Tutor profile: Emily A.
Subject: Music Theory
How do I recognize music symbols for singing/playing in various volumes?
Musical symbols that composers write into a piece of sheet music refers to how loud or soft the musician is to perform a set a of notes and these are called - these are called "dynamics". Dynamic symbols are often abbreviated volume terms in Italian. The softest term is "pianissimo" meaning "very soft" represented by the symbol "pp" in a piece of music. "Piano" is the next term meaning "soft" represented by the symbol "p" which is slightly louder than pianissimo. Continuing slightly louder, "Mezzo Piano" is the term for "medium soft" represented by "mp". A "normal" or "average" volume is "mezzo forte" meaning "medium loud" which I tell my students to use a basis for all of the other softer and louder dynamics. "Forte" means "loud" represented by "f", and "Fortissimo" means "very loud" represented by the symbol "ff". Generally, when you perform in an ensemble with other musicians the idea is to blend so that no one person can be heard over another so these dynamic ranges are adhered to more strictly than if you were performing a solo.
How can I learn to sing/play piano/perform?
I can help you: - Create a specific practice routine and keep track of your progress with a practice log (warming up, practice literacy and ear training skills, and performance skills). - Prepare for auditions for competitions, shows/concerts, and recitals to gain performance experience, gain confidence against performance anxiety, and develop a life-long appreciation for your craft. - Strengthen your musician skills by teaching you how to read music, performance skills like breath management/posture/tone/diction/articulation/stylistic expression/etc., performing in various styles and languages (voice), apply performance skills when singing/playing solo and ensemble repertoire.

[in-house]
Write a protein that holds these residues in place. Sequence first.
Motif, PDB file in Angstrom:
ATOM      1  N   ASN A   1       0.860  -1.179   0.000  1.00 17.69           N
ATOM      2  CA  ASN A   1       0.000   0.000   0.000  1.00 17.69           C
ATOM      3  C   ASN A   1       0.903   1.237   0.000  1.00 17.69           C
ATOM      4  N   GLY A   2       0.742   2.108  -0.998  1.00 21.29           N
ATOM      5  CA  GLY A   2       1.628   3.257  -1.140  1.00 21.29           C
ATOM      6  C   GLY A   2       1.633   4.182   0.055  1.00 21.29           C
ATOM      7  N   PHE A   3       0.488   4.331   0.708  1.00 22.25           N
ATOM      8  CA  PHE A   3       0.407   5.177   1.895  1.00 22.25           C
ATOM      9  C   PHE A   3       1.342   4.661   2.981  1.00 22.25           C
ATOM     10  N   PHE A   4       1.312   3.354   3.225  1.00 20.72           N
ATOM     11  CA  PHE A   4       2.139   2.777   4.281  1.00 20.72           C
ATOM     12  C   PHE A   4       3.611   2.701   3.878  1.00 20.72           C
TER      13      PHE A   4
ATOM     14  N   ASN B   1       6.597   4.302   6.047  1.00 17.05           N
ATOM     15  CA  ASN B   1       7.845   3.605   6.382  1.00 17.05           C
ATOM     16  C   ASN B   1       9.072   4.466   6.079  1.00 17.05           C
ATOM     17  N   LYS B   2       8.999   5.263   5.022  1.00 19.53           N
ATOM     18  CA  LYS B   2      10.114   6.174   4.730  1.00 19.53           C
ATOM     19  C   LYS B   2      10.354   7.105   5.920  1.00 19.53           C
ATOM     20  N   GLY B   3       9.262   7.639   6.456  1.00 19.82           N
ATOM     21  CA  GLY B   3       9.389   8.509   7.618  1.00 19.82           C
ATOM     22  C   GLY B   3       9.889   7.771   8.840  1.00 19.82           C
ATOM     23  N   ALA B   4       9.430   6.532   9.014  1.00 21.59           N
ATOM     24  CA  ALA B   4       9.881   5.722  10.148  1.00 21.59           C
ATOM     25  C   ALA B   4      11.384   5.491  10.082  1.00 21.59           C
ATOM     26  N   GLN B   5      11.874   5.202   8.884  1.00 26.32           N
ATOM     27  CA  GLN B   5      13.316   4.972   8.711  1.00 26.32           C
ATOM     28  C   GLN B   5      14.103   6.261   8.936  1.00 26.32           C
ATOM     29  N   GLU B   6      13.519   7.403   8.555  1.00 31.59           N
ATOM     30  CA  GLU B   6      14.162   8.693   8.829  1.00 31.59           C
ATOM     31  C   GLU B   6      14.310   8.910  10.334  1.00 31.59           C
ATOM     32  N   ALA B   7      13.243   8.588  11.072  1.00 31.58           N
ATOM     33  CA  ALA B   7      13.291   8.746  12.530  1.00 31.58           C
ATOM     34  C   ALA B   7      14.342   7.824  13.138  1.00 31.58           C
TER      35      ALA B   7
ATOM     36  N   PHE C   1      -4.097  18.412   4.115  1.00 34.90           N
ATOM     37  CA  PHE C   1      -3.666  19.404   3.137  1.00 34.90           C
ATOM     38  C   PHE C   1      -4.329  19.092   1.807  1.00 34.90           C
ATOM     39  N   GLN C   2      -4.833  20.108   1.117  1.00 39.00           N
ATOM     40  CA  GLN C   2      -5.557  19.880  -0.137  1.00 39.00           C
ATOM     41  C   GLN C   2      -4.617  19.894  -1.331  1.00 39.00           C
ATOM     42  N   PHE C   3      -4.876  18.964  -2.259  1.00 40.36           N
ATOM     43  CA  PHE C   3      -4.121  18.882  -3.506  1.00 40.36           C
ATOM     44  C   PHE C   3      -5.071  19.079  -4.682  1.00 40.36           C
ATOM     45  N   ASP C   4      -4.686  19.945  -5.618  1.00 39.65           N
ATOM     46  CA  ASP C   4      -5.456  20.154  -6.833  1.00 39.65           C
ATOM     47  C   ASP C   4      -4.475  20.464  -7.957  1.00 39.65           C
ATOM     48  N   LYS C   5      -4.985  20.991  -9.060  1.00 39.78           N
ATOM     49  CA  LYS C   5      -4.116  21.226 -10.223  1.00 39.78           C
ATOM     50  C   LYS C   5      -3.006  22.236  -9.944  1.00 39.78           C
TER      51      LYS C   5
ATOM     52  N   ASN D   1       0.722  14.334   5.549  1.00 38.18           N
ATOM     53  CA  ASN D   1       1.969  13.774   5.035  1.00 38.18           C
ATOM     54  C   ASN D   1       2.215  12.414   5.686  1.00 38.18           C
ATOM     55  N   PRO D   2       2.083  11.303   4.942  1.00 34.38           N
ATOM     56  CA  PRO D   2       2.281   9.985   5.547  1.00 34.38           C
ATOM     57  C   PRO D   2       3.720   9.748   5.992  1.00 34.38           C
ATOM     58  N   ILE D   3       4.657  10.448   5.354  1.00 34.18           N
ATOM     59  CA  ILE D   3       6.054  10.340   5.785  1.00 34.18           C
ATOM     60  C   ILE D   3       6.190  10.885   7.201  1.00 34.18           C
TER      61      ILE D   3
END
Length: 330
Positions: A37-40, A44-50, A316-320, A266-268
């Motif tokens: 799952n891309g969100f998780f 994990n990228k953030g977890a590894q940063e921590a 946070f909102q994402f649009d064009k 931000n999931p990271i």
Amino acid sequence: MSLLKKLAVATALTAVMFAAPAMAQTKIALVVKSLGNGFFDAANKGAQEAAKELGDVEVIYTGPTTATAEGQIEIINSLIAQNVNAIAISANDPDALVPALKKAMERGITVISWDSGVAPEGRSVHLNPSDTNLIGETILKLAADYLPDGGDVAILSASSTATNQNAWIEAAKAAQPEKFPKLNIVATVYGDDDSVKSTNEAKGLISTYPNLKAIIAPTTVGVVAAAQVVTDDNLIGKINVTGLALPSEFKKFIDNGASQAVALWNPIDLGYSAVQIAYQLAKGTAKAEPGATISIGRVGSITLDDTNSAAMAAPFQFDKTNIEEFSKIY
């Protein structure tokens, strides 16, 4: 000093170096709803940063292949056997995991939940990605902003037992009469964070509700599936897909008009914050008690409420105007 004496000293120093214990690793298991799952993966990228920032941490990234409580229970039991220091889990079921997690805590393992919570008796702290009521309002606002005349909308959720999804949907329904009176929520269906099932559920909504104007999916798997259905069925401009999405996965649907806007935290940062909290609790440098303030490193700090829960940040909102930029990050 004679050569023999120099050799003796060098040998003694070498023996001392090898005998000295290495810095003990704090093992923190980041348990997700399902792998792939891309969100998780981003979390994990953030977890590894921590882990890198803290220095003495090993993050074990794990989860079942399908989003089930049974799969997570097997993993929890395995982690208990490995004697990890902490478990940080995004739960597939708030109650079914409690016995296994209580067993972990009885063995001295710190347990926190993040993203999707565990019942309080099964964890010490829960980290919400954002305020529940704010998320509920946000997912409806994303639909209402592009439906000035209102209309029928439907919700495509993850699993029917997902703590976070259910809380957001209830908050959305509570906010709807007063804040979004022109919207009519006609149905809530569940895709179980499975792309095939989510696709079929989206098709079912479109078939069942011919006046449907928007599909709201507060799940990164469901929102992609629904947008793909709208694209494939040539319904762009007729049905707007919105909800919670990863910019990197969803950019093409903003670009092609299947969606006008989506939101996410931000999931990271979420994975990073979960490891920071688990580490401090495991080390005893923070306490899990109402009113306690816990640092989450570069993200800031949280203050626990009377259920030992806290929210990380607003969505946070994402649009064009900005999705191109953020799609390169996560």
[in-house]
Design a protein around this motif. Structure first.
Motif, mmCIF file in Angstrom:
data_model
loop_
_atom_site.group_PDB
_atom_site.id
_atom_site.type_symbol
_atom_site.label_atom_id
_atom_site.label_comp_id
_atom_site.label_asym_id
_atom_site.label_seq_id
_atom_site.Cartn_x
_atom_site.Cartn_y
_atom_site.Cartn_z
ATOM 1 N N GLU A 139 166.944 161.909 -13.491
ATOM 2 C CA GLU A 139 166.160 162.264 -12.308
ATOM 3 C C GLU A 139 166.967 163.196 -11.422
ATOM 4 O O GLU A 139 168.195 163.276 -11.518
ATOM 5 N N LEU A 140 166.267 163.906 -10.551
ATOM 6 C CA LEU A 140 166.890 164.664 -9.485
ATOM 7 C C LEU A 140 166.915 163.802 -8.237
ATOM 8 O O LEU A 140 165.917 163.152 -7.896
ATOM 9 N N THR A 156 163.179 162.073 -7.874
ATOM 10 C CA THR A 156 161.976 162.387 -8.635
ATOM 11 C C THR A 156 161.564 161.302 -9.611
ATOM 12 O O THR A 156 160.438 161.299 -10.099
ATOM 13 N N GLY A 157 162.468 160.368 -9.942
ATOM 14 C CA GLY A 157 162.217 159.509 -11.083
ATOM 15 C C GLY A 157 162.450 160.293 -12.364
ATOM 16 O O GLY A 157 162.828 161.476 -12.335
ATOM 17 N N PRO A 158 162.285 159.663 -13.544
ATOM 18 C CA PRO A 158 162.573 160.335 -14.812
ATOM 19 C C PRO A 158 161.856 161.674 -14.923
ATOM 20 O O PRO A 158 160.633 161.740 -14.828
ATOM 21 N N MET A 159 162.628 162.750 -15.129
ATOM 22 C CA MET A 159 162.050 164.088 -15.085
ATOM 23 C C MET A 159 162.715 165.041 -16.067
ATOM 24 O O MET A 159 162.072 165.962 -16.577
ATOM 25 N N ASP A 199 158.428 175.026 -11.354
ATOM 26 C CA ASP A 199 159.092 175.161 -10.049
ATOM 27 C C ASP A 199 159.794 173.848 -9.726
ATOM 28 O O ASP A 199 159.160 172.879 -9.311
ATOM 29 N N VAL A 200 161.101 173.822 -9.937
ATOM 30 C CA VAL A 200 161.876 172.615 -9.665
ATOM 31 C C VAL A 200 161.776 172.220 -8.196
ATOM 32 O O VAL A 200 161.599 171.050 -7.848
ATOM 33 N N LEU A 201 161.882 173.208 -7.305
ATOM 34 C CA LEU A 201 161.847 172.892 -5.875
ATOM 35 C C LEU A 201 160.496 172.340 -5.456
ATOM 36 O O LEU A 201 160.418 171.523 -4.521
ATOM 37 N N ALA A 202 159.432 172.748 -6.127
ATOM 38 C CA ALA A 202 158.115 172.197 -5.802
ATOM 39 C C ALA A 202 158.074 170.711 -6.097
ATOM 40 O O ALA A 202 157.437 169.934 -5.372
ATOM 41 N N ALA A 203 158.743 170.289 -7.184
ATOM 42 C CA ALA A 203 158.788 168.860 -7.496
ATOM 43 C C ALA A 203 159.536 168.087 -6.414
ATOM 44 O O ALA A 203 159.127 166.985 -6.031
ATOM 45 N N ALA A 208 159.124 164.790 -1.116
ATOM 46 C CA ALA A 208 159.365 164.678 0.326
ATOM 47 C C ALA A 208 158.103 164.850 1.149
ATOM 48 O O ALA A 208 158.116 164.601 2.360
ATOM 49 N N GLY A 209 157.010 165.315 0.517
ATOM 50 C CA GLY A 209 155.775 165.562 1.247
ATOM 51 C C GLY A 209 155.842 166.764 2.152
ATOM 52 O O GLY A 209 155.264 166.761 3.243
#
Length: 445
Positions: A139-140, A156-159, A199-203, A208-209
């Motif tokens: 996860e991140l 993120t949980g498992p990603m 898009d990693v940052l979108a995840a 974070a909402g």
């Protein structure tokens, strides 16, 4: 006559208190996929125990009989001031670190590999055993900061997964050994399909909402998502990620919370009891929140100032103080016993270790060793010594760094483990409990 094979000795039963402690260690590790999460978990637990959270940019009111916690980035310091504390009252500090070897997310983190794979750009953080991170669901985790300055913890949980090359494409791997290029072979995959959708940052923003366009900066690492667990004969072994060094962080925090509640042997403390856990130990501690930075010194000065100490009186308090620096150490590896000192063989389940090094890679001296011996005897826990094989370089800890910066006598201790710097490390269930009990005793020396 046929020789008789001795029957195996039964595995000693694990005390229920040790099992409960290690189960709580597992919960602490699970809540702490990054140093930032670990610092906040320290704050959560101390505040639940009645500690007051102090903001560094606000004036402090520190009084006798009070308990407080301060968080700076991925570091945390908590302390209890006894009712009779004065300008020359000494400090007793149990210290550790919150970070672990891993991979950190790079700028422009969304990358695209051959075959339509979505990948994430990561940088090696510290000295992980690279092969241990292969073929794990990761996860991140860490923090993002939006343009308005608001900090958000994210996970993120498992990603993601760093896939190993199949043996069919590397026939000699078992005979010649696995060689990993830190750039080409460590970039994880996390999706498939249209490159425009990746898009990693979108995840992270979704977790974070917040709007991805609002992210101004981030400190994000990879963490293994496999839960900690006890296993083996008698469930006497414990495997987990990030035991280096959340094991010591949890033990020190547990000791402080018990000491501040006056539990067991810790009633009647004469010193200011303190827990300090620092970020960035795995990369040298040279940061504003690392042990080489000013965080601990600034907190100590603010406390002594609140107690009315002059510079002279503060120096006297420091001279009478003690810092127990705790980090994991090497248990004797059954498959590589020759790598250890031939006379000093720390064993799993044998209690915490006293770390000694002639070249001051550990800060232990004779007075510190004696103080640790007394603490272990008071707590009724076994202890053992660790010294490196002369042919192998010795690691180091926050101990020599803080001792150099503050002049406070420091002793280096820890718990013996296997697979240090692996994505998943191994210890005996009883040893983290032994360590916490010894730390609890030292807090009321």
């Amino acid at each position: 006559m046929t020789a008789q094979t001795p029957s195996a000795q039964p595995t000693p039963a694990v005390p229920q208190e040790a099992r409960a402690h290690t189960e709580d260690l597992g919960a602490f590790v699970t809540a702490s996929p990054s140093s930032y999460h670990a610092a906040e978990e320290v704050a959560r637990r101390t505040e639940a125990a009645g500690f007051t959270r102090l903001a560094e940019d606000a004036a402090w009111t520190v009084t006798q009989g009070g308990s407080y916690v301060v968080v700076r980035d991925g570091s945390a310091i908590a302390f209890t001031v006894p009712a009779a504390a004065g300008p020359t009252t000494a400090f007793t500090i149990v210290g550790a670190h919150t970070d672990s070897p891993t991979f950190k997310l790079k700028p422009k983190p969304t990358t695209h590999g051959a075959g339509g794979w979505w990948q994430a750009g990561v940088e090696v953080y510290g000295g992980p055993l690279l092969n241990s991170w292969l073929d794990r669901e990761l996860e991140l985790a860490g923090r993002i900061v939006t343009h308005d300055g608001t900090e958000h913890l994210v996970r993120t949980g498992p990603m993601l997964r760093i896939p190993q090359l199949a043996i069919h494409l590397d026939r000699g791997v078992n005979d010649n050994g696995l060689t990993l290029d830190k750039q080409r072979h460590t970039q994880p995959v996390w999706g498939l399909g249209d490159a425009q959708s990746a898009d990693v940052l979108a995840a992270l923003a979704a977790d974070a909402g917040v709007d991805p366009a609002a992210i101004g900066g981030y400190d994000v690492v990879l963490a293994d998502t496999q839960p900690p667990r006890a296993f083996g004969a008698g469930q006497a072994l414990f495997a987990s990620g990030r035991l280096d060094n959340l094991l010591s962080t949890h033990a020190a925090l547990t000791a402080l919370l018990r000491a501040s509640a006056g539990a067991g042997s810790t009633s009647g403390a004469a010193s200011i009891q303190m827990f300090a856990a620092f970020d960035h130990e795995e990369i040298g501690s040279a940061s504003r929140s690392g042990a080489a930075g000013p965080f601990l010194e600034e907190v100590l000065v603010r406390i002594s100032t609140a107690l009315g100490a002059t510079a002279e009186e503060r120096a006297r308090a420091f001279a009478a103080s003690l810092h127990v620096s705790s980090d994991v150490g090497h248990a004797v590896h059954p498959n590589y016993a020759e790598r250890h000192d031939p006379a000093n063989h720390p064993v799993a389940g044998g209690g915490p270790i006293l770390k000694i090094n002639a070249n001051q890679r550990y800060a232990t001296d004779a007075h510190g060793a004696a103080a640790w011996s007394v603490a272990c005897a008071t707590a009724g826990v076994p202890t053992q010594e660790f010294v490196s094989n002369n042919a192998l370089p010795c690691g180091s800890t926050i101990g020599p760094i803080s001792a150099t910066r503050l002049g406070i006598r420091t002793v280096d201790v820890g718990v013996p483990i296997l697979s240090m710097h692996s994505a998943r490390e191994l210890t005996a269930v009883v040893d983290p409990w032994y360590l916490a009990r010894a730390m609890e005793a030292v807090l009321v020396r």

How can I improve my classroom management with my students?
1. Establish clear expectations for your students from the first day of school. Be consistent with holding your students accountable to these expectations with constant reminders throughout the year. Be fair, be confident, be caring. 2. Regular parent communication about their child's success and behavior in your class via email and phone calls are a must - especially the positive ones! 3. Build meaningful relationships with your students. Start getting to know them from moment one and truly invest in their interests. Students don't care how much you know until they know how much you care. 4. Establish a clear supportive community between you and students and between the students. Allow students to help teach each other, to help you establish class rules and expectations (guiding them with parameters of course), and allowing them to verbally celebrate their own and each others' accomplishments on a regular basis.
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